Glasman is right to present virtue ethics as sewn into the fabric of Catholic Social Teaching. This is an understanding of ethics which approaches moral development as the acquisition of special skills that require practice. Since the 13th. century, both ethics and social teaching have been connected through Aristotelian thinking via Thomas Aquinas. “A symphony and harmony of voices dwindle if everybody sings the same tone”, he wrote. Apposite as a warning to Communism in the Soviet Union and encouragement for multi-culturalism in democracies.
But Catholic Social Teaching is not some holistic how-to-get-yourself-out-of-political-bankruptcy card when playing Monopoly Capitalism. As post-war Germany illustrates it can give a direction to a society and economy. Though, after military defeat in the 1940s, like Japan, Germany had the advantage of starting with an almost clean slate. Britain’s economy, skewed towards finance capital, stuck with the dominance of the City of London as the byproduct of Empire, remains in a more intractable situation. “The denuding of the country and its people of their institutional and productive inheritance by the higher rates of return in the City of London”, Professor Glasman writes, “is the story we confronted in 2008”. Indeed it remains so even though the story most told is about bad, or foolish, bankers behaving badly.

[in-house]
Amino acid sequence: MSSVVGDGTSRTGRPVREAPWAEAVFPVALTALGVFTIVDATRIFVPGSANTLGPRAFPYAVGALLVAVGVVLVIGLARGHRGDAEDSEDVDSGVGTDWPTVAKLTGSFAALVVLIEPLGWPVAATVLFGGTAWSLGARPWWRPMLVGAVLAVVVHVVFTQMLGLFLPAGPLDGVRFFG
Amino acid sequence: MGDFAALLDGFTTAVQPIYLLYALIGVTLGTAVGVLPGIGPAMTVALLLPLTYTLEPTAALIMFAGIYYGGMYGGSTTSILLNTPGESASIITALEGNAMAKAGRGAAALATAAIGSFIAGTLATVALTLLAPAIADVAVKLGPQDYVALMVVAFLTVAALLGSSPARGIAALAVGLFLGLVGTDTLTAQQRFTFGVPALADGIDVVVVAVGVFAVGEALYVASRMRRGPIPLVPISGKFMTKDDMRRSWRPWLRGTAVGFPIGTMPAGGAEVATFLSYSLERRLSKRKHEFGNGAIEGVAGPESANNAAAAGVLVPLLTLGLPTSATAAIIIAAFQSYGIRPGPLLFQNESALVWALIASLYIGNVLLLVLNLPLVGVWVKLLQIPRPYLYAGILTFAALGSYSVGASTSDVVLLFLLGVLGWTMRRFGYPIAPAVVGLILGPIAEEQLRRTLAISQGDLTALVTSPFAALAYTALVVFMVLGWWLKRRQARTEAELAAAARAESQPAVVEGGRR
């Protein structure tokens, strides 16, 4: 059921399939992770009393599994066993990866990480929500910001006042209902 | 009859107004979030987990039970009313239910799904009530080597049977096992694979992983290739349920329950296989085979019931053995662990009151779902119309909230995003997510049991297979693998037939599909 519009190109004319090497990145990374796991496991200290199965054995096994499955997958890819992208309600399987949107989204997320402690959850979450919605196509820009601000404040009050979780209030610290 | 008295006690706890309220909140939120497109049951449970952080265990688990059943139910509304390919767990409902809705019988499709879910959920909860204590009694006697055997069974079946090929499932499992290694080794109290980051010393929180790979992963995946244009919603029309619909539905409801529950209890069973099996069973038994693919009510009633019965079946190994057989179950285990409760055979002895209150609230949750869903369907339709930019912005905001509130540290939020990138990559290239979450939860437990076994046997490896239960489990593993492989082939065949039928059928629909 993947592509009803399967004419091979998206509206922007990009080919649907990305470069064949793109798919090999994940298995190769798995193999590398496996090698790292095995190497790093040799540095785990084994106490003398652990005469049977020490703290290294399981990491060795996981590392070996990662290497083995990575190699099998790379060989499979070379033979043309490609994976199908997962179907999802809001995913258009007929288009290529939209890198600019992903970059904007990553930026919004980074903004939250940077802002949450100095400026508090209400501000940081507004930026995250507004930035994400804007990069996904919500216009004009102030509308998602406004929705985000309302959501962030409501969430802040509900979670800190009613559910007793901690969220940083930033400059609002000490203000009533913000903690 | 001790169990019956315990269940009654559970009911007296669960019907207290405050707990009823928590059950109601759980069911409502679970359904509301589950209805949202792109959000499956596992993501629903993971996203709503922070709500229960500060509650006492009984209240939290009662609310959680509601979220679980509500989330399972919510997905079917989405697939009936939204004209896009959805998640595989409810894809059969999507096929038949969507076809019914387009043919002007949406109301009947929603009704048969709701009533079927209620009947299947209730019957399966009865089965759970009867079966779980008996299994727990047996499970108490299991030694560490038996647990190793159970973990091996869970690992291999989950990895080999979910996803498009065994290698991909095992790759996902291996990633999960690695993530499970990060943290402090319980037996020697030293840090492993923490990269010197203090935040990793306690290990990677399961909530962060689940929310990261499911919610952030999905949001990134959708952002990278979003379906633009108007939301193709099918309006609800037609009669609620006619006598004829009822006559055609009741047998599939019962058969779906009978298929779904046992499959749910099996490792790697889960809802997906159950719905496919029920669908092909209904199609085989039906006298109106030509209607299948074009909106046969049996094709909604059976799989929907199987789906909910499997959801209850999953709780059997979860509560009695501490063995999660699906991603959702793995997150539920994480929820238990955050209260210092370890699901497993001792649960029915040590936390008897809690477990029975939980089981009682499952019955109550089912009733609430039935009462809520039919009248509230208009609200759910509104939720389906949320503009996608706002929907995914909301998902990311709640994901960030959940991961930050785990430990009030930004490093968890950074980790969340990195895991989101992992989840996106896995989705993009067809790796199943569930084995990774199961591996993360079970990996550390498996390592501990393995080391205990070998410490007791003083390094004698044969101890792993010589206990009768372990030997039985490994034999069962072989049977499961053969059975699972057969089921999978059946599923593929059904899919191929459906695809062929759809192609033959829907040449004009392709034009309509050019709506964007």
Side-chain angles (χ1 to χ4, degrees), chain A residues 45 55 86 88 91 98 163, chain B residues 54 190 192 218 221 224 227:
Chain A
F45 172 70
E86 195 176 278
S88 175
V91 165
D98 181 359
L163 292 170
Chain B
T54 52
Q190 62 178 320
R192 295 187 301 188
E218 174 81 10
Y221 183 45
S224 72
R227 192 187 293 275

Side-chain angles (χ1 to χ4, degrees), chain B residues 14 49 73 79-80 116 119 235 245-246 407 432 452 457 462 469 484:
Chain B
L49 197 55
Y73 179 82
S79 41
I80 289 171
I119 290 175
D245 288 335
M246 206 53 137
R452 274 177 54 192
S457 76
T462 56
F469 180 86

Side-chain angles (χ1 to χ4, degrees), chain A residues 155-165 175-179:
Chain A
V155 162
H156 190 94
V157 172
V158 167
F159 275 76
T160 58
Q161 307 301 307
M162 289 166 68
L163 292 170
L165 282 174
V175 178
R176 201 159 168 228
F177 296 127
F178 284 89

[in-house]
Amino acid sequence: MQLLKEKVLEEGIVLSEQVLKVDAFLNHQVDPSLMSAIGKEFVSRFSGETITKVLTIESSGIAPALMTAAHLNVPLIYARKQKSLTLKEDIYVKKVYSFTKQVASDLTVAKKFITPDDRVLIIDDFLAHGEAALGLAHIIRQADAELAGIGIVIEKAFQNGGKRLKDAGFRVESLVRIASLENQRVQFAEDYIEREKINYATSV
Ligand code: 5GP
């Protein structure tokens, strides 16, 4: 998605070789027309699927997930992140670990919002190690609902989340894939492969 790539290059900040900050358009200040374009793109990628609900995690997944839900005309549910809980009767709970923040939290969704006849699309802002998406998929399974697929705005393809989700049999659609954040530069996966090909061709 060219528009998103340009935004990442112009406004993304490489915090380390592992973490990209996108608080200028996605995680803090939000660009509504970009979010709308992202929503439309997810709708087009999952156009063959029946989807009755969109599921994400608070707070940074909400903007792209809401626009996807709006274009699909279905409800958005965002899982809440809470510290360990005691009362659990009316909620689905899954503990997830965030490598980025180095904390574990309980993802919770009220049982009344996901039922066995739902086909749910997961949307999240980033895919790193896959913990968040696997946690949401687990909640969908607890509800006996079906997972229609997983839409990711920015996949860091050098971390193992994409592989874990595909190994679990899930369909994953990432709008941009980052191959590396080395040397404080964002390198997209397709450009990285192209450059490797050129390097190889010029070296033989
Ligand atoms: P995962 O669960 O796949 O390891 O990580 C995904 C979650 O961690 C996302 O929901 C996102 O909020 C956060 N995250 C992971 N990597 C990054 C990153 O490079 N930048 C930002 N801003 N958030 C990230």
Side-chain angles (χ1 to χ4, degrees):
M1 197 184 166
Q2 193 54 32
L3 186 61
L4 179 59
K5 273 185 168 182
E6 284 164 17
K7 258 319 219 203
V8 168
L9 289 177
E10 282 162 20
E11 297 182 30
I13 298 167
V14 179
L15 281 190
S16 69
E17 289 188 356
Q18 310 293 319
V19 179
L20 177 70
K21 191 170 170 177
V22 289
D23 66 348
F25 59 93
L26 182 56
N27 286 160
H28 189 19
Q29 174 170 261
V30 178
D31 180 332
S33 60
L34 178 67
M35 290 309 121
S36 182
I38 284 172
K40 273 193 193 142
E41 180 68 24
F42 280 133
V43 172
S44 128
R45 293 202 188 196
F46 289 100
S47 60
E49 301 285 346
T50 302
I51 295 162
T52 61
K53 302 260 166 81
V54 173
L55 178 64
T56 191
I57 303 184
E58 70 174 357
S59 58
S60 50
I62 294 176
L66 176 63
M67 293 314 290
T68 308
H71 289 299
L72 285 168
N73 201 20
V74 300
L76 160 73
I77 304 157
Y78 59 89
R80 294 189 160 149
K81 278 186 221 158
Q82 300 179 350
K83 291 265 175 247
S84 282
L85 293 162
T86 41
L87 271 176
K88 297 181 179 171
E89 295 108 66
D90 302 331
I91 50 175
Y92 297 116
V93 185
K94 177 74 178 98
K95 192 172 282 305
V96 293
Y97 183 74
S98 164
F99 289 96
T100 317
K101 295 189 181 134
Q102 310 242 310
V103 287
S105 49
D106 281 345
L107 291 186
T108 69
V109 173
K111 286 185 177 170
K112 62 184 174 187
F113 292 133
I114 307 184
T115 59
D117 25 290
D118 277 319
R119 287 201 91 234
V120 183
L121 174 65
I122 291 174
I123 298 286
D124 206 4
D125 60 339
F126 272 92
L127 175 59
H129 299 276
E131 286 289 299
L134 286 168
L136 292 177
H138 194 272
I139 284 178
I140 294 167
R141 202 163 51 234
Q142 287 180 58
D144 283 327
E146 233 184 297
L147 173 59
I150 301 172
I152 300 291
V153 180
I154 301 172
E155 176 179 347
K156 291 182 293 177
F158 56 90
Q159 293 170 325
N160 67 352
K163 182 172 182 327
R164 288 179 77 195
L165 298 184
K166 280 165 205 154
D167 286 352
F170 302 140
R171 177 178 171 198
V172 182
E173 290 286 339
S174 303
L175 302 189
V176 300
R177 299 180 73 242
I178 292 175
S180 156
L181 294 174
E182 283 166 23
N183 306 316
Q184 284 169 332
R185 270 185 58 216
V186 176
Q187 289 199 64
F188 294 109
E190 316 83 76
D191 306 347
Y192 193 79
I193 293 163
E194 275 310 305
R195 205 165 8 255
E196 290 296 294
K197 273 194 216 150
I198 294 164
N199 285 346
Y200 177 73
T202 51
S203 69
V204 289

One of the ironies of our time is that our great intermediate institutions - the NHS, the Churches, the international development agencies come to mind - are persistently under fire for the individual moral failings of a few. The damage is amplified institutionally by an inability to understand that reputation, like character, relies on the virtue of prudential judgement: on truth and trust.
The Church needs to focus on teaching its social thought. If we are to have a national curriculum for religious education - and from a Catholic perspective this is a retrograde step towards uniformity, privileging a fear of subsidiarity - it should include virtue ethics. And, without being presumptuous, it should include Catholic Social Teaching.